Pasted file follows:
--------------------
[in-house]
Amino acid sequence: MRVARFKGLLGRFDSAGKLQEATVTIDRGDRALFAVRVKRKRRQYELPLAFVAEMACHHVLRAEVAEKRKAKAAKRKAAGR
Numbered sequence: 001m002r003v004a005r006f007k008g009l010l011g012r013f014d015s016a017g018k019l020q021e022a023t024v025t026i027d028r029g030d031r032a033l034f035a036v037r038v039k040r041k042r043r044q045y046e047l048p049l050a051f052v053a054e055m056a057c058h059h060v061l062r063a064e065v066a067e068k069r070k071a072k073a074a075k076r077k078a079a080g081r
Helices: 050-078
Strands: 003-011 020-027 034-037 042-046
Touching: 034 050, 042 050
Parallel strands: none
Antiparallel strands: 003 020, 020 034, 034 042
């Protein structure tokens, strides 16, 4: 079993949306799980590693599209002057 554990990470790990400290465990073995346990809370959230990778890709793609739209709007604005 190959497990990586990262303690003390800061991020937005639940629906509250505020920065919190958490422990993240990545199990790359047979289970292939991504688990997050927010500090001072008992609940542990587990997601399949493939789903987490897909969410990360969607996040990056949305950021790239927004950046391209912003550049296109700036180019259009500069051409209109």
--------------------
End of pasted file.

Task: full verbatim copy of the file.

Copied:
[in-house]
Amino acid sequence: MRVARFKGLLGRFDSAGKLQEATVTIDRGDRALFAVRVKRKRRQYELPLAFVAEMACHHVLRAEVAEKRKAKAAKRKAAGR
Numbered sequence: 001m002r003v004a005r006f007k008g009l010l011g012r013f014d015s016a017g018k019l020q021e022a023t024v025t026i027d028r029g030d031r032a033l034f035a036v037r038v039k040r041k042r043r044q045y046e047l048p049l050a051f052v053a054e055m056a057c058h059h060v061l062r063a064e065v066a067e068k069r070k071a072k073a074a075k076r077k078a079a080g081r
Helices: 050-078
Strands: 003-011 020-027 034-037 042-046
Touching: 034 050, 042 050
Parallel strands: none
Antiparallel strands: 003 020, 020 034, 034 042
């Protein structure tokens, strides 16, 4: 079993949306799980590693599209002057 554990990470790990400290465990073995346990809370959230990778890709793609739209709007604005 190959497990990586990262303690003390800061991020937005639940629906509250505020920065919190958490422990993240990545199990790359047979289970292939991504688990997050927010500090001072008992609940542990587990997601399949493939789903987490897909969410990360969607996040990056949305950021790239927004950046391209912003550049296109700036180019259009500069051409209109």